Walden in a Wired World
“All our unhappiness comes from one thing: that we cannot bear to sit in our room, alone and silent.” — Blaise Pascal
In Ben Marcus’s most recent novel, The Flame Alphabet, people are dying of language. For a while it is believed that only the speech of children and adolescents is toxic. Then, that certain types of speech, such as first person statements, are more toxic than others. Eventually, it becomes clear that language—spoken, written, or recorded—is killing its users. According to the logic of Flame Alphabet, modern society’s constant talking will not only cease to function as a vehicle for intimacy, it will also become the primary apparatus of alienation.
The story is a stark warning to us, a culture that can’t seem to stop its constant chatter. It suggests that tweeting about brunch isn’t just stupid, it’s toxic; that communicating with several hundred “friends” via Facebook, LinkedIn, or Badoo doesn’t simply cheapen individual relationships, it erodes relationships in general. The compulsive messaging encouraged by mobile, social networks not only de-personalizes specific messages, it corrodes intimacy’s primary instrument—communication—through over use.
Our culture has developed a dangerous communication fetish. Consider the widespread use of portable networked devices that make it possible to communicate all the time and almost everywhere. The Internet plus social networking, plus mobile devices such as smart phones, have made communication a virtual idol. We can tweet, post, blog, talk, and chat ubiquitously and constantly, and this has created something akin to a religious belief in communication, not as a means, but as an end in itself. And, in a self-reinforcing fashion, it is the promise of constant communication that sells this technology. It is the excuse we give ourselves for buying it, and our justification for using it. This is understandable because communication is a key part of what makes us human. It is commonly believed that language is what separates us from animals, and so it is easy to believe that more of it will make us better people.
It is a flawless sales pitch, but in reality the fetishization of communication brought about by this new mobile-social-web is far from humanizing. Instead, it amounts to a major assault on our autonomy; that is, upon the few scraps of time and space left to us. In the name of communication, we have accepted a radical enclosure of private, leisure time by the constant surveillance and increasingly commercial logic of the Internet.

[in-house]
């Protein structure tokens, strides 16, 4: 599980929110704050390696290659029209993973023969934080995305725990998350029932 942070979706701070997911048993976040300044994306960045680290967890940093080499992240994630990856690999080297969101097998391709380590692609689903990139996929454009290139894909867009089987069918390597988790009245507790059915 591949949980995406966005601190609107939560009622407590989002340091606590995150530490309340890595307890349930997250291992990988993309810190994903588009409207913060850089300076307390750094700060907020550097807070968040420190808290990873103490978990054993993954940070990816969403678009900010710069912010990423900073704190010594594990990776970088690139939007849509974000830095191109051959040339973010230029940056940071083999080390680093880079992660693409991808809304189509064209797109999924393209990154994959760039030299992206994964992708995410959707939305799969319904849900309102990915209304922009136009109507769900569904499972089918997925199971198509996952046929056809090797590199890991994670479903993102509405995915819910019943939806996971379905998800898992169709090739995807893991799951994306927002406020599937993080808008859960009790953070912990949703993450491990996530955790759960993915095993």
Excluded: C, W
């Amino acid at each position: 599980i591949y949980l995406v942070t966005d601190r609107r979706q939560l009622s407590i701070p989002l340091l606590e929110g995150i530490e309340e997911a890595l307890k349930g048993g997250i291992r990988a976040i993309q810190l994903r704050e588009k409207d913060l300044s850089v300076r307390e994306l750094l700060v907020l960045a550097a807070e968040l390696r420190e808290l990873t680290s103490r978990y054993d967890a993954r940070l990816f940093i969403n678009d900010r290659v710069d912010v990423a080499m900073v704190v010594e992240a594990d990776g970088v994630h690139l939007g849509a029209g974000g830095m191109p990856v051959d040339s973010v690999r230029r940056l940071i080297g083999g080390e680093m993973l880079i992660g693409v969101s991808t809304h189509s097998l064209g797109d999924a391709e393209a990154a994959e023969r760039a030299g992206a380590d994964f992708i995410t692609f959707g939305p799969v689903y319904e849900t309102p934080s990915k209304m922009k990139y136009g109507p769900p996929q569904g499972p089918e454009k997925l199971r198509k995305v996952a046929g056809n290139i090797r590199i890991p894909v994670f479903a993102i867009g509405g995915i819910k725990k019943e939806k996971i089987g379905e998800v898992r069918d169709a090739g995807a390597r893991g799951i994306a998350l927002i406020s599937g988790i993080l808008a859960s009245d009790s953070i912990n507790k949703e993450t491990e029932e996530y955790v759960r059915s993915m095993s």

Many will disagree and defend online culture as free, open, horizontal ,and efficient. To some extent all of that is true. What is the constant chatter of linked up tweets if not wildly open? Perversely, this “freedom” to communicate, facilitates unprecedented levels of social control, through digital record keeping, data-mining, i.e. de facto surveillance of evermore aspects of life.
Online culture succeeds in the systematic implementation of surveillance and control by capturing massive amounts of our time. To this extent, the Internet simply represents the newest phase in a process that has been going on since the industrial revolution. When Henry David Thoreau withdrew to Walden Pond, part of what drove him was a sense that his time was being stolen. He observed that in the modern world, time is even consumed in the effort to save time. He gives as an example, the amount of time that he has to work to buy a train ticket to save the time of walking. And notes that an “unconscious despair is concealed even under what are called the games and amusements of mankind. There is no play in them, for this comes after work.”
Modernity, he is not alone in arguing, produces an endless cycle of production and consumption that forces us to lead “mean and sneaking lives.” All time is “borrowed or stolen” and he thanks his reader for “robbing your creditors of an hour.”
Thoreau suggests that modern living sets off a cycle of debt—“a very ancient slough, called by the Latins aes alienum, [literally] another’s brass”—which denies people “the leisure for a true integrity day by day” and makes it impossible to “sustain the manliest relations to men.”1 For all of his anti-development naïveté, and unselfconsciously privileged privation, Thoreau’s observations are valuable and he was right to identify time as a central modern problem linked to movement, communication, and technology.
Just as in Thoreau’s era, we are experiencing a radical contraction of space and an acceleration of time. The rise of mobile online communications could be as culturally and ontologically significant as the arrival of the telegraph and the railroad.
Handheld devices and the Internet’s increased demand for our time and attention have not only stolen free time from us, they have completely reformed our notion of time. We expect many things to happen at once, yet we are burdened by this hyper-simultaneity. We conceive of time as expanded yet scarce. And we increasingly conceive of all space as a single seamless portal to the network.
And much of this “time-space compression,” as David Harvey put it, hinges on communication. No longer just a matter of workdays, lunch breaks, and vacations, time is now divided up according to the sending and receiving of messages. The combination of freedom and control offered by portable communication devices has proven to be so seductive that the long fought for weekend has disappeared without much notice. We no longer rest on Sunday. Instead, we rest when all of our email has been answered. Which is to say, never. Even if we don’t actually spend all of our time online, real time is increasingly configured in terms of the Internet’s demand that we communicate. And in looting our time, the online life denies us the ability to be alone.
This final phase of technological encroachment, brought about by portable networked devices, signifies the total enclosure of leisure by the logic of work. And this is profoundly alienating and oppressive.